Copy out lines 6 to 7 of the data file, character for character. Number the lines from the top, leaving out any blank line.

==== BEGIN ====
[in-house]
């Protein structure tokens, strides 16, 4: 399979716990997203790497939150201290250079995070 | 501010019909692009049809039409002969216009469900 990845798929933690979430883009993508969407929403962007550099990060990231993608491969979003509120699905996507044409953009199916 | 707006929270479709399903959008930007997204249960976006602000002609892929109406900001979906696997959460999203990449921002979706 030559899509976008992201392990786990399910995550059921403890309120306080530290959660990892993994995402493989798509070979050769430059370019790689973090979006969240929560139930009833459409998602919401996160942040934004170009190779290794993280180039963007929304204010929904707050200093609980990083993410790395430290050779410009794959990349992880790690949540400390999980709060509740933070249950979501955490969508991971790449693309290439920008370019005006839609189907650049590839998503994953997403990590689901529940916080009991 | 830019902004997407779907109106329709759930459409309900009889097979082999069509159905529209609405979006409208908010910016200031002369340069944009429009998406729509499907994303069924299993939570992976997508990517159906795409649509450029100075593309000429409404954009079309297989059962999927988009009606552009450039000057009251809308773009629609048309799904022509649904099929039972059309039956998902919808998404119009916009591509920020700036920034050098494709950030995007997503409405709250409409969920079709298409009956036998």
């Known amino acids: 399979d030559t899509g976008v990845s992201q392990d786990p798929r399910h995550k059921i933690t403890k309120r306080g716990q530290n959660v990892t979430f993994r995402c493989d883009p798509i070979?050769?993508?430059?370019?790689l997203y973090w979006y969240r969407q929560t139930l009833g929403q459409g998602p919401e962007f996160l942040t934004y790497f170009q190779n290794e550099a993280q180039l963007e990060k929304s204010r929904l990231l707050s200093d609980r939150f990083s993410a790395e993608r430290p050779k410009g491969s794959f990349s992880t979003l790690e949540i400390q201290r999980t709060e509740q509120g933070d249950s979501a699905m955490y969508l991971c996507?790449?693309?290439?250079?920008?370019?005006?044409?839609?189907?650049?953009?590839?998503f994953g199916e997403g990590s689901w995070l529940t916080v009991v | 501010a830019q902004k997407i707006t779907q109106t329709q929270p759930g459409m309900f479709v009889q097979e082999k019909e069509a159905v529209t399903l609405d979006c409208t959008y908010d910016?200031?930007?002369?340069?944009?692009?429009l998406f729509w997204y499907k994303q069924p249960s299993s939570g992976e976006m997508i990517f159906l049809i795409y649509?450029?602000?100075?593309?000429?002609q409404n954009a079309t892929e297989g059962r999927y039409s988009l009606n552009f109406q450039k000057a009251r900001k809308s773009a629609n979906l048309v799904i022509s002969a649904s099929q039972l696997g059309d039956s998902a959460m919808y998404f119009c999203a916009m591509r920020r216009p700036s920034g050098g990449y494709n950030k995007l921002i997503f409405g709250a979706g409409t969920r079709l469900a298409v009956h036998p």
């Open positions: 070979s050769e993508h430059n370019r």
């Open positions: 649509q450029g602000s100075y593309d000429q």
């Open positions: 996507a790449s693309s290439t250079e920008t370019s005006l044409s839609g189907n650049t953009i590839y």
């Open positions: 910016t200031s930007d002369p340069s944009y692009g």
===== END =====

């Open positions: 996507a790449s693309s290439t250079e920008t370019s005006l044409s839609g189907n650049t953009i590839y």
């Open positions: 910016t200031s930007d002369p340069s944009y692009g």